The risk from outside operators is not just, however, in terms of disease. Trail access is such a sensitive subject - particularly in the Saami areas - that it is vital that those using the trails respect the shared need of local stakeholders. Since outside companies do not necessarily understand the local issues or sensitivities, they might, for instance, use trails that the reindeer herders have specifically asked the sleddog companies to steer clear of, during calving time, thus increasing resentment unnecessarily between the industries. That is definitely one challening aspect of assigning access to trail networks since the fear for the herders is that if the dogs are allowed to run on more and more trails, their herd will be impacted. In reality, the visiting private sleddog owners pretty much currently go where they want irrespective of the needs of the herders and the companies residing in the area are generally restricted to such a tiny track network that when the reindeer herders ask them to take alternative routes to avoid reindeer movements, they have no routes open to them. All of these issues need careful consideration in order to safeguard the development of the northern industries in a sustainable manner in the face of a growing tourism need.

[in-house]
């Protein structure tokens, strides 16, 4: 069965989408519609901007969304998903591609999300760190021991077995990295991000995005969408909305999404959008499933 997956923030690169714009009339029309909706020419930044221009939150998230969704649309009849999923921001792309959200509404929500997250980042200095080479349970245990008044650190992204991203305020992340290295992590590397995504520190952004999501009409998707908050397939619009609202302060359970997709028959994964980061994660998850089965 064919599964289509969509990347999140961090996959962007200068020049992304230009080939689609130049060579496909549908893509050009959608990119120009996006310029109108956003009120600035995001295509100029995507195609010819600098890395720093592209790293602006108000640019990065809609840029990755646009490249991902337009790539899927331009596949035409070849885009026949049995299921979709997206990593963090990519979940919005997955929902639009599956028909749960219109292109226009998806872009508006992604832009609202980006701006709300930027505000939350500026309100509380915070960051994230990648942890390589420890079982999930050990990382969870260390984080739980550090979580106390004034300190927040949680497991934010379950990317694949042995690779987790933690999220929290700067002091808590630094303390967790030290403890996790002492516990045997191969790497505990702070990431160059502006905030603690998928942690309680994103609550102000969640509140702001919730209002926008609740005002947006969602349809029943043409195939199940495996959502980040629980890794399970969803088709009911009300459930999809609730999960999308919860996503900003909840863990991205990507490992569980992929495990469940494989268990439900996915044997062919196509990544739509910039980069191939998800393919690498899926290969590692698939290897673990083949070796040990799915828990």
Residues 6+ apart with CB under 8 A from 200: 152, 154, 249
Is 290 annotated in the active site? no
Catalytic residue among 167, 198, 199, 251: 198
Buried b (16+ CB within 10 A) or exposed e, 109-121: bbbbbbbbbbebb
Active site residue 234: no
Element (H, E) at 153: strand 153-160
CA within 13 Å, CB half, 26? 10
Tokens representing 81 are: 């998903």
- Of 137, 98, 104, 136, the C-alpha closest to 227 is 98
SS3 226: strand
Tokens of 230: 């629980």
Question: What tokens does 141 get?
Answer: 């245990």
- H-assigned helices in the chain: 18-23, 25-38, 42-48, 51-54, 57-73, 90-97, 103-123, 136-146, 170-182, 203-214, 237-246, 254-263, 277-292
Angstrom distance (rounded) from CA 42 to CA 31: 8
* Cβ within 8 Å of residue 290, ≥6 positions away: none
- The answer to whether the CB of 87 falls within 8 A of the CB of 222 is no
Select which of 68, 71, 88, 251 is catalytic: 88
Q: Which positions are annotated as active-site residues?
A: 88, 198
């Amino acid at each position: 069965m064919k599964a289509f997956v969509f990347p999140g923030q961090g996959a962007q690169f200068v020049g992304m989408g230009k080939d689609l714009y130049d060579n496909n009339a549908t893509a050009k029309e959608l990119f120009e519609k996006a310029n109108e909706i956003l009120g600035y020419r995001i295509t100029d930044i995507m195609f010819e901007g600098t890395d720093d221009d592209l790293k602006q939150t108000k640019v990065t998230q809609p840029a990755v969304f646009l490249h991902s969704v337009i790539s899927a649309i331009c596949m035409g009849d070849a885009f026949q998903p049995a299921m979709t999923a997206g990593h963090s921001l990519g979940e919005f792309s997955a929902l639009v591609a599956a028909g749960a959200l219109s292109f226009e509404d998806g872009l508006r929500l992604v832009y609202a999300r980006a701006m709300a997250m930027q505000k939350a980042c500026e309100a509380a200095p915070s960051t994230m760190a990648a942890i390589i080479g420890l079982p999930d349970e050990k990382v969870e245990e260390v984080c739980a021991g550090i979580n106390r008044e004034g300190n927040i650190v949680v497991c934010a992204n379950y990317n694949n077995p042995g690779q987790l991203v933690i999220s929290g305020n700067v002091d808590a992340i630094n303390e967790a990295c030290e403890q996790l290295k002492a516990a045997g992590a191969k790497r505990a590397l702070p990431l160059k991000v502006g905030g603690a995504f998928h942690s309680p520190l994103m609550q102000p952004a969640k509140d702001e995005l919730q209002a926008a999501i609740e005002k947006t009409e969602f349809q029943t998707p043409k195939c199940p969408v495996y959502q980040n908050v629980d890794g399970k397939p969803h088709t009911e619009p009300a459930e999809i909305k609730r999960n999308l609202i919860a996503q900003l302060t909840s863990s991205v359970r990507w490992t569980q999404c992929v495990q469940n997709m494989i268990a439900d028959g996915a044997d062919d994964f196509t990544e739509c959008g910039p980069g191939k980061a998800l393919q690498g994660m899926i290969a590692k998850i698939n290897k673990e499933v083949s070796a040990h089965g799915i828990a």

In order to protect this business in the changing face of consumer-driven pressure for responsible use of animals in tourism practices grows worldwide, it is time to take action and to develop meaningful and targeted guidelines as well as recommended best practices for the sleddog industry.
What should be done, moving forward?
What IS clear is that, given how important this industry is within the tourism market in Finland, there is a real need for work to be done in this area. Ideally before the accepted standards become more understood by the participating clients who might not just speak with their feet, by going to the better farms, but who could demand a more substantive change (eg with greyhound racing in Australia at present) which could negatively impact the industry as a whole.
Ultimately, the way to drive change in any industry is to incrementally work towards a change in perspective until such point - the tipping point - that the new perspective becomes the norm.
The forms against which the farms are currently assessed can be found here.
The area's plan for monitoring the animal health and welfare can be found here:
FYI: Unfortunately, the legislation is generally not available in English and this makes it almost impossible to even find when farm owners like myself try to track it down. This is actually a real issue due to the not-surprising (given that it is impossible to follow this passion elsewhere in Europe) number of sledfarms in Scandinavia which are either owned or run by foreigners.
Since this is therefore one of the key business areas in which foreign investors / entrepreneurs can be attracted to these regions, language accessibility needs should also be recognised by authorities when drawing up new laws and recommendations.